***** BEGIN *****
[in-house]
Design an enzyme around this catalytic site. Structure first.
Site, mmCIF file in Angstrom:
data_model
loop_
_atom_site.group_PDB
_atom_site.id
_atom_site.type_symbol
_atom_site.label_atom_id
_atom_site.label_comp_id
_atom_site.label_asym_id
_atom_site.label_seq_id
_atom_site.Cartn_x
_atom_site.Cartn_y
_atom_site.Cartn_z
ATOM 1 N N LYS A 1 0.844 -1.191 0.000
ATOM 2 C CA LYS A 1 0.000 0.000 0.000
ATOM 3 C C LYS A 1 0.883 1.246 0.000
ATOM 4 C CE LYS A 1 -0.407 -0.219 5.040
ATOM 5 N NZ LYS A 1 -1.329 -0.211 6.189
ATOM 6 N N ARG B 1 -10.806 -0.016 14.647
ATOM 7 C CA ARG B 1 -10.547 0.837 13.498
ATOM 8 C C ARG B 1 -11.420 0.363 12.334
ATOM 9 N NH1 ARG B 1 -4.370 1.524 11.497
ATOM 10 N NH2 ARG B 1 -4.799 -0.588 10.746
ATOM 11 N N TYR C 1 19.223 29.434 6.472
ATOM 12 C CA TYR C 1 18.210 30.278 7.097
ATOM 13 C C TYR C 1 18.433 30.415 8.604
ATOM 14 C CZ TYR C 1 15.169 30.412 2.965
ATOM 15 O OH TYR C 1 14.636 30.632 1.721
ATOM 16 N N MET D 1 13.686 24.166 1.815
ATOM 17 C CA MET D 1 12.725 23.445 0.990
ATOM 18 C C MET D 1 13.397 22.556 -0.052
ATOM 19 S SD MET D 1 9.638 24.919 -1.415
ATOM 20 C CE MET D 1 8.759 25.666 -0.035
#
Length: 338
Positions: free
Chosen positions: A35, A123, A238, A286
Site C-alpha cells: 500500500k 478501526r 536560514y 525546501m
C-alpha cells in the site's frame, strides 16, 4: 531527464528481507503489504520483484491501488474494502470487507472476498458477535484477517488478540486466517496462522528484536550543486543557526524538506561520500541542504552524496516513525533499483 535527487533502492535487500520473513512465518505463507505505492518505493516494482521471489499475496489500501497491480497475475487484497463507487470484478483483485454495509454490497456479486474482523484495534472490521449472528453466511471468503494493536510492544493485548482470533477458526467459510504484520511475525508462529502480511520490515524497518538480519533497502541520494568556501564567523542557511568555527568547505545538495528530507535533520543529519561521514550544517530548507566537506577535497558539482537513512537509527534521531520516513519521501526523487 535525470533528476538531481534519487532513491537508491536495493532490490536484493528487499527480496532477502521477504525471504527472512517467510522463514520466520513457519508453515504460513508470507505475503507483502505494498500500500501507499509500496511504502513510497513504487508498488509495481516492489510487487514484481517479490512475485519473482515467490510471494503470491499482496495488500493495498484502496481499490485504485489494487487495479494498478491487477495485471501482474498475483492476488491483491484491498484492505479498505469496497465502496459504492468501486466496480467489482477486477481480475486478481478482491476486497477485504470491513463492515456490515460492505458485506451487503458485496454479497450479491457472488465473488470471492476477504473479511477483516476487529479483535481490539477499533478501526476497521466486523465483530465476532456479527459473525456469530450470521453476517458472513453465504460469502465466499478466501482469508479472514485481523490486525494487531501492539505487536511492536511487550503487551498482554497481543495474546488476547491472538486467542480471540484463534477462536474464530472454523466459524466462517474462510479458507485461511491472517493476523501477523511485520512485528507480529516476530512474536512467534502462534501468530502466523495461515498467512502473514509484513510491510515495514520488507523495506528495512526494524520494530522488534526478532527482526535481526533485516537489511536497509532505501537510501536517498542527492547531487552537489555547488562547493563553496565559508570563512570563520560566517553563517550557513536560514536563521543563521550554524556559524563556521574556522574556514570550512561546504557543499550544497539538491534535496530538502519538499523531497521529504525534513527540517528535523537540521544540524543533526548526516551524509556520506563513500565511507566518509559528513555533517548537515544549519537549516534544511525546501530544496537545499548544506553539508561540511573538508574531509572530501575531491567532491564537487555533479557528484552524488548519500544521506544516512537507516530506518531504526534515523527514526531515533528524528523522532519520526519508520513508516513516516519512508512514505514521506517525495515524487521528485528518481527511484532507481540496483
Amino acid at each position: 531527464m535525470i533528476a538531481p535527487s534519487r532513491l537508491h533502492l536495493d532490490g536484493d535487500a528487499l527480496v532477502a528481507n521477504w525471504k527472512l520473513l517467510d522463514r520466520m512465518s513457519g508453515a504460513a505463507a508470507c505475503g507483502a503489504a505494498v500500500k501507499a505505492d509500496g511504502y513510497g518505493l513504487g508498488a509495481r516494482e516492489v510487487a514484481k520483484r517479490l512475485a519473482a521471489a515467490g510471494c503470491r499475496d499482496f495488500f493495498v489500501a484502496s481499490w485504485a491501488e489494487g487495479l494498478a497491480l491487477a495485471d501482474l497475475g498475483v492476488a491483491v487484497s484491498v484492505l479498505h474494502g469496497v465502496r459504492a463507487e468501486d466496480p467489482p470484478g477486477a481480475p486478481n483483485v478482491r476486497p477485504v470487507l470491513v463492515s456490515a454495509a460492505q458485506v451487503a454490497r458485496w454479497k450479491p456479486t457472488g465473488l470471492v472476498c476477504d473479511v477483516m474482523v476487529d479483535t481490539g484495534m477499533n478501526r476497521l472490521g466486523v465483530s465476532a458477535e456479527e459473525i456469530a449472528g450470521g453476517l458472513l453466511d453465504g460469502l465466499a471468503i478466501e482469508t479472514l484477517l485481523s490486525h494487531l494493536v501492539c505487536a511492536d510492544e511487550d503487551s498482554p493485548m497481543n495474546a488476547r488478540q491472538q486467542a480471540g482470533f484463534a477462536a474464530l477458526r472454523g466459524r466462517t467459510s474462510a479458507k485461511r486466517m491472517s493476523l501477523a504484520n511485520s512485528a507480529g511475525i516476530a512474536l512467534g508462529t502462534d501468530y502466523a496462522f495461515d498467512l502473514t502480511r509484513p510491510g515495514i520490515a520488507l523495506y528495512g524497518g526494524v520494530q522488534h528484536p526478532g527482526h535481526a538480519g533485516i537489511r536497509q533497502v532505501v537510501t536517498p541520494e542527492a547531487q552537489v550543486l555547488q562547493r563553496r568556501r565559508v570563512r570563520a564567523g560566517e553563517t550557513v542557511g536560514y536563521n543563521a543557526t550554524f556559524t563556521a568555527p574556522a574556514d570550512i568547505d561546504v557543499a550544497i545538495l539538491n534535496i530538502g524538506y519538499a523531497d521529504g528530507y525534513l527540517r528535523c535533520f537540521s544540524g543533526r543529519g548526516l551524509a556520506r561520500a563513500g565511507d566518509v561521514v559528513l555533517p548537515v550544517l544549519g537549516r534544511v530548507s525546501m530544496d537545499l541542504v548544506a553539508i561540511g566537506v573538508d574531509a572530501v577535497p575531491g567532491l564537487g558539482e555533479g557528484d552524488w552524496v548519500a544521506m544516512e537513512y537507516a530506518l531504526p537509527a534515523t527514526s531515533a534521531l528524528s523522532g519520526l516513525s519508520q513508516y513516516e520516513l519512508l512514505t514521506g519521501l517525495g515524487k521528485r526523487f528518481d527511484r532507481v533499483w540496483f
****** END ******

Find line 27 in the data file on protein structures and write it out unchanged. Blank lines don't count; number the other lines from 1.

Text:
ATOM 12 C CA TYR C 1 18.210 30.278 7.097